Think of the last time someone at work—maybe your boss, your boss’s boss, or an HR person—told you a change was coming. Some new way to do something, or a restructuring, or a new system to learn.
What was your immediate response?
If you’re like most people, your first reaction was probably more negative than positive. Perhaps something like: “Aargh, as if the past 18 months haven’t been stressful enough.” Or maybe you thought, “This is going to be awful,” followed by a sinking feeling and a sense of being newly overwhelmed.
Why is the idea of change—especially change imposed upon us by others—so unwelcome? Given the past few years of massive change and disruption on so many levels, you’d think we would have gotten used to nonstop personal and professional change by now.
Our Anti-Change Wiring
Blame our experience as a species. Change has been dangerous for most of human history; the safest course of action has generally been to return to the known. If there was a famine, you wanted to get back to eating regularly. If there was an invading army, you wanted to get back to peace and prosperity. If there was a plague, you wanted to get back to (relative) health. You get the idea. Most of the time, homeostasis—returning to a previous set of stable conditions most supportive of survival—was the way to go.
Over thousands of years, this has resulted in people seeing most change in a way that can be summarized in three words: difficult, costly, and weird.
Difficult means “I don’t know how to do it” or “things will get in the way of me doing it.” Costly means it will take time and resources, and perhaps other things I value as well: my identity, relationships, power, or reputation. Weird just means strange and unnatural. Assigning these three negative qualities to change has kept us focused on maintaining the status quo for hundreds of generations.
And while this impulse is still appropriate in some ways—if we’re too hot, our impulse to cool off is still helpful—in many other ways, our deeply wired-in impulse toward “the known” simply doesn’t serve us anymore.
In today’s world, being capable of and comfortable with change is a necessary response to the rapidly changing world we live in. From addressing the climate crisis to resolving inequities in society, to operating our businesses in ways that respond to ever-evolving customer needs and expectations (organizationally, economically, politically, and sociologically), maintaining the previous status quo is quite often no longer the safest choice. In many situations, it’s now the most dangerous choice.
Rewiring Ourselves for the 21st Century
So, what’s a human to do? How can we revise this thousands-of-years-in-the-making response to change? Luckily, we humans have a powerful tool at our disposal that can help us do just that: we can decide to think differently.
We do this every day without realizing it. For example, let’s say you decided when you were a kid that you didn’t like Brussels sprouts; the only ones you ever had were soggy, unseasoned, and overcooked. So, your mental monologue—your self-talk, if you will—about Brussels sprouts is: “They’re disgusting.”
Then, one day, a friend who’s an excellent cook says to you, “Try these Brussels sprouts. I know you think you hate them, but these are cooked differently with ingredients you like. I bet you’ll enjoy them.” And because you trust this person (but are still probably thinking, “Oh gross”), you gingerly take one bite. They’re delicious; they’re sautéed with salt and pepper, and maybe a little bacon. Suddenly, automatically, you’re thinking differently: “Wow, yum! I guess Brussels sprouts can be good!”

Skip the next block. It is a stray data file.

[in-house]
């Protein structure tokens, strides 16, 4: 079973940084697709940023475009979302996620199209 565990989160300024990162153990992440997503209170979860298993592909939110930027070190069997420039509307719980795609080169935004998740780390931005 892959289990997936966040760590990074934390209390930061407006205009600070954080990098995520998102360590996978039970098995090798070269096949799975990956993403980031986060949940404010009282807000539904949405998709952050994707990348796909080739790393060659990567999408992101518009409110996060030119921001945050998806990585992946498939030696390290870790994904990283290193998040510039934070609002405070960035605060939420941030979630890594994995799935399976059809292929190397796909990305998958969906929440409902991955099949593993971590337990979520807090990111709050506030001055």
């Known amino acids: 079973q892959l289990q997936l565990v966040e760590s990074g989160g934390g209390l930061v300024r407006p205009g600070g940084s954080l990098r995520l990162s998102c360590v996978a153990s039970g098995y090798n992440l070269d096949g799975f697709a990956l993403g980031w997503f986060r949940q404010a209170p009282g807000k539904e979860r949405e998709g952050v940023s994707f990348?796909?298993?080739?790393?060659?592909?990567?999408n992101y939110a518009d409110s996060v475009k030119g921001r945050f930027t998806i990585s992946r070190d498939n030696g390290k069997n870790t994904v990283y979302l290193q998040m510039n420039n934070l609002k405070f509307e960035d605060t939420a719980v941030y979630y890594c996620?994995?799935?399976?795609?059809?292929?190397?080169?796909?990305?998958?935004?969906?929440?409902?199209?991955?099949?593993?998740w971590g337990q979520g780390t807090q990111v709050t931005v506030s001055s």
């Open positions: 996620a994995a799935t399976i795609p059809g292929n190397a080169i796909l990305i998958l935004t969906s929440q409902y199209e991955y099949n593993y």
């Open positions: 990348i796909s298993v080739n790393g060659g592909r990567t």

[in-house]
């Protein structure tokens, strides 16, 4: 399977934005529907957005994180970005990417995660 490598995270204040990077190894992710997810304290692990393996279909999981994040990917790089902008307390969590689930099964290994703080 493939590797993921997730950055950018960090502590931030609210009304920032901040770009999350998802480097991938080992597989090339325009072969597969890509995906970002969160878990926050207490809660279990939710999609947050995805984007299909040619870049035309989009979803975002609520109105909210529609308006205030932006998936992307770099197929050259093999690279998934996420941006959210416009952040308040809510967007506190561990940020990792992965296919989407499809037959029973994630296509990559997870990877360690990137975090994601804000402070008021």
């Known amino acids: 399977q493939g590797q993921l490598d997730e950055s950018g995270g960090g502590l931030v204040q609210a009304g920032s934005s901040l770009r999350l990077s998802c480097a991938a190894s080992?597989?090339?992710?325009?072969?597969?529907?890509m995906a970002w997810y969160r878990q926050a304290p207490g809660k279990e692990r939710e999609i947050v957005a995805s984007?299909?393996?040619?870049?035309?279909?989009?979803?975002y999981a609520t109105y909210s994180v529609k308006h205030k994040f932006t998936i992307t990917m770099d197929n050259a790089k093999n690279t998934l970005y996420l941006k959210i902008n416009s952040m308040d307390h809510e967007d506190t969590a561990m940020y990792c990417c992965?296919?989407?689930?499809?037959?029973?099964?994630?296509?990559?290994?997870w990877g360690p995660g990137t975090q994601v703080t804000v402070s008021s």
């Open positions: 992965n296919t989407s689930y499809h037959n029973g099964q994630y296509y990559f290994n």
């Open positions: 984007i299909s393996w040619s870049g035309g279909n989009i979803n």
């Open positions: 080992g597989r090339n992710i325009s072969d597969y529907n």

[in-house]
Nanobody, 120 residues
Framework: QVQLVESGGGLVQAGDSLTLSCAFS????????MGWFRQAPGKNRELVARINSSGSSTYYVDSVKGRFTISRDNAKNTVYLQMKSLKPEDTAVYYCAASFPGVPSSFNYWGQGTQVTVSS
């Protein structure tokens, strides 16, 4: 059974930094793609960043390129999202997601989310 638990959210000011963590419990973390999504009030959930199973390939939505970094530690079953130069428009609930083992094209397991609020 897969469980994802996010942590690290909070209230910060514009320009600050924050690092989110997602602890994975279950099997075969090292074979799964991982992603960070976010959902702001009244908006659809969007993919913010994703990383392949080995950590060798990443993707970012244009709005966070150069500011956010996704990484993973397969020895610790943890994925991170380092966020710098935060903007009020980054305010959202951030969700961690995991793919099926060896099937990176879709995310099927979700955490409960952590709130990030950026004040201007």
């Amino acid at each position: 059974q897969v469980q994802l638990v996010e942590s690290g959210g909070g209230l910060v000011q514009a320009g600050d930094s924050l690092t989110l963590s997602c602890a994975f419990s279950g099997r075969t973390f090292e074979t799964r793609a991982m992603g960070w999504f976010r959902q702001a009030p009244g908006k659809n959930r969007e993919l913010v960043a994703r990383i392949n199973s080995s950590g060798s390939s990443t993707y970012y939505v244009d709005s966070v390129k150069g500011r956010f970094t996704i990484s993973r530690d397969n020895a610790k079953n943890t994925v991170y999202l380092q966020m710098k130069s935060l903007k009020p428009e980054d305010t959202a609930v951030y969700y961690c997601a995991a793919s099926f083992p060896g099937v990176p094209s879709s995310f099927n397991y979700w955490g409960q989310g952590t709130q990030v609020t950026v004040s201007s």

Making Change Easy, Rewarding, and Normal
In the same way, you can decide to think differently about a change. When you notice yourself thinking that a particular change (especially one you know you need to make) is going to be difficult, costly, or weird, you can consciously decide that, instead, it could be easy (or at least doable), rewarding, and normal.
Here’s how this might look in real life. Let’s go back to one of those common change situations I noted earlier. Let’s say you’ve just been told that your organization is bringing in a whole new approach to invoicing clients, and invoicing is now part of your job. Maybe your first thought is: “Oh man, I bet this is going to be complicated (difficult), and the last thing I need right now is something new that’s going to take time to learn (costly). Worse, this doesn’t look like anything I’ve used before (weird).”
But as you now know, thinking this way about change is not your only choice. You have the power to change your mind. You can decide to say to yourself: “I bet there will be some training on how to do this (easy/doable), and they’re saying it will ultimately save us some time and be easier for our clients (rewarding). Susan is in favor of it, and I trust her (normal).
When you start to think differently about a change, you generally start to feel differently about it. You go from worried, irritated, overwhelmed, and unhappy to curious, a little more relaxed, and maybe even hopeful. You’re starting to rewire yourself—to change your response to change.
Change Is Our ‘New Normal’
Every indication is that the pace of change in our lives and in the world will continue to increase. It doesn’t look like we’re ever going to return to a time when everything is mostly status quo; we no longer have the luxury of relying on our impulse toward homeostasis and staying with what’s worked in the past.
Having the ability to accept and respond well to necessary change will become more important with every passing day. Therefore, I invite you to rewire yourself in this way: to learn to think and feel differently about change, to become change-capable. It’s your best path to a successful, satisfying personal and professional life in this era of nonstop change.